One of the key differences between the “original Amiga”, the Amiga 1000, and all of the other models ever made is its lack of a Kickstart ROM chip. This means that whenever you boot your Amiga 1000 computer, it’s lack of a ROM chip (which essentially holds the system’s firmware for essential tasks and core OS components) requires the Kickstart be loaded via floppy disk. All other Amigas loaded this straight off of a replaceable and upgradable chip that is pressed into a receptacle on the machine’s motherboard.
Everyone knows by now that when the 1000 shipped in 1985 the Kickstart code was still a little rough around the edges and had known bugs. The engineers didn’t want to burn that code onto a ROM chip as they knew the average consumer wouldn’t want to crack open their (very) expensive machine’s case and fiddle with computer chips in the near future. Instead, Commodore opted to have Kickstart read off a floppy disk that loaded into a special place in the onboard 256KB of RAM.
The advantage of this approach is that as new Kickstart "enhancer updates" were released Amiga 1000 users simply needed to get a new floppy disk with the upgraded “firmware”.
The downside, or at least perceived downside, is that every time one turned on their Amiga 1000 and needed to get to Workbench, one had to disk swap: put in the Kickstart disk; wait; take out the Kickstart disk; insert the Worbench disk; wait; then do what you need to do once Workbench loaded. Another issue is that loading Kickstart off of a floppy is inherently slower than off a ROM chip. Que sera sera on that one.
Truth be told, the disk swapping has never bothered me on the 1000. It’s just part of the experience and the history. But whenever you’re used to using Amigas a certain way (and I started on later models with Kickstart ROMs) and encounter a different way, you can’t help but wonder if you can either install a Kickstart ROM or find some other way to eliminate the disk swapping. And then there's that nerdy part of us all that always asks, "How might others have approached this?" Well of course I've got that bug, too.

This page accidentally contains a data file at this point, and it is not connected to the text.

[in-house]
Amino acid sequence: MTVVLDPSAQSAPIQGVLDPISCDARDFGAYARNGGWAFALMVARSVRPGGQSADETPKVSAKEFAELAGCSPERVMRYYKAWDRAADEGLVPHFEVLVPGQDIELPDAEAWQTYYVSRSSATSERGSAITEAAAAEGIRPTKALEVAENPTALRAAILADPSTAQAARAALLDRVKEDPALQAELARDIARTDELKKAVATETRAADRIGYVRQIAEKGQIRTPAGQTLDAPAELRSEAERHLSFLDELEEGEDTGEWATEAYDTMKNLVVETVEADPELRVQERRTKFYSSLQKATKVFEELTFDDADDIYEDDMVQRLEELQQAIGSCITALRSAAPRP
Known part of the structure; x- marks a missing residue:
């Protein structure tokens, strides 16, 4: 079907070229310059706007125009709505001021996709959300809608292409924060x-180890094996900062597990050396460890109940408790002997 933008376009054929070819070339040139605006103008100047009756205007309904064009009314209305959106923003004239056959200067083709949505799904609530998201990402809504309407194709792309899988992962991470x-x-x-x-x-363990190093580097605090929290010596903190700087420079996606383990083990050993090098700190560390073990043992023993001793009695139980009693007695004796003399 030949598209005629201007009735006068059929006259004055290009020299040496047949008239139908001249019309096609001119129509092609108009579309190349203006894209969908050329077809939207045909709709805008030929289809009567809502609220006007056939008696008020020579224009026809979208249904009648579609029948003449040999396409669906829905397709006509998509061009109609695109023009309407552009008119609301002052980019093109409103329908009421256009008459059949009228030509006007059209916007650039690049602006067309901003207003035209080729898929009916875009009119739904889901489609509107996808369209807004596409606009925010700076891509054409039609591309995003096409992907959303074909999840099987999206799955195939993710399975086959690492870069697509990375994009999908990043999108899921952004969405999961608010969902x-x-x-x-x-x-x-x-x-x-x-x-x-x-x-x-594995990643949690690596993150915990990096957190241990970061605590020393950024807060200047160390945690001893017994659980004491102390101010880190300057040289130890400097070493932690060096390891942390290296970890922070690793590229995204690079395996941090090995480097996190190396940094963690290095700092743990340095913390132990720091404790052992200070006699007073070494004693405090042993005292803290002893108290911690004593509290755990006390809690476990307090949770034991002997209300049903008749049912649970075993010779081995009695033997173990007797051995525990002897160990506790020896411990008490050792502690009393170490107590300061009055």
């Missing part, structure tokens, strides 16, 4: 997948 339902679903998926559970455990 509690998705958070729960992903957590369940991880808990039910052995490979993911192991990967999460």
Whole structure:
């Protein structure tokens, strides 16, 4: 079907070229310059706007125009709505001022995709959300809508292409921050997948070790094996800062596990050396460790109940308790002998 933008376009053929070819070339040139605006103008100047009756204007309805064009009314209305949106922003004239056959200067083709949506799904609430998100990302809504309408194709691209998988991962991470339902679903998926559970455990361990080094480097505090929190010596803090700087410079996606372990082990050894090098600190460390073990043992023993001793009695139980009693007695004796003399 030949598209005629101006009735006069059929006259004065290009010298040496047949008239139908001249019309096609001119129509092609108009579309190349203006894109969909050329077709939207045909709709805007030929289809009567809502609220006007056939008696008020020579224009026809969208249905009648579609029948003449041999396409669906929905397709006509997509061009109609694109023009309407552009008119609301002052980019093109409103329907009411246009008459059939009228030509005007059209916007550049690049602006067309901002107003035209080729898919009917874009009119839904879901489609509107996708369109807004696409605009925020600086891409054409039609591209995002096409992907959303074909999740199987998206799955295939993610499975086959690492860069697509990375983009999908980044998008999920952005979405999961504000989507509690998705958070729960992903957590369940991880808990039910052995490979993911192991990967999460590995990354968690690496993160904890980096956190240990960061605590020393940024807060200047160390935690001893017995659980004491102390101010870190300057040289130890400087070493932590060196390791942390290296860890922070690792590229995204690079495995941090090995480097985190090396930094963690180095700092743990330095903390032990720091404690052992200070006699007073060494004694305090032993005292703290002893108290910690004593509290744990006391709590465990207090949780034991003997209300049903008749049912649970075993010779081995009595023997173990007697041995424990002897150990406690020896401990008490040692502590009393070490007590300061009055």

It is true that you can install a Kickstart ROM adapter, which is a very cool mod, but it requires cutting traces on the 1000’s original motherboard. That’s not something I’m personally interested in doing right now. I only have one Amiga 1000 and I have no intention of doing any permanent destructive mods to the hardware. Maybe at some point in the future, though, if I ever get a spare.
In addition, there is a really amazing piece of kit made by Individual Computers called the ACA 500 plus which inserts into the expansion slot. It not only provides Kickstart ROMs, but pretty much anything else you could ever imagine (CF hard drives, maxed out (8MB) RAM, expansion slots and more). It was really designed for the Amiga 500 in a horizontal fashion and sticks a few inches out of the side of your machine. It's very cool, but that's not really what I'm after at this time. I'm so in love with the look of the classic machine. But the "borg technology" is very cool for those that want to go that route and maybe I will some day.
As I was researching this “issue” a few months ago before I even had a 1000 physically in-house but had one en route I stumbled across some really old forum posts and Usenet archives that mentioned a piece of unusual software written in 1988 called KickWork.
Commodore never allowed the distribution of Kickstart, so KickWork must extract the necessary Kickstart code from memory. This requires a setup to be done to configure the disk, which I’ll explain further below.
A company called Amigos Corporation based out of New York came up with an ingenious idea to take the Kickstart code that got loaded into RAM and copy it to a floppy disk that had a trimmed down version of Workbench on it.
After a bit more research, I was able to determine that the owner of the software (and I believe writer) was a man named Rudolph Loew. He still has a website up to this day. (It has since been updated with more current information since I started this project and learned about Mr. Loew.) Sadly his website seems to have finally been taken offline. If you want his info, you can contact me directly. -- intric8, 21 Oct 2019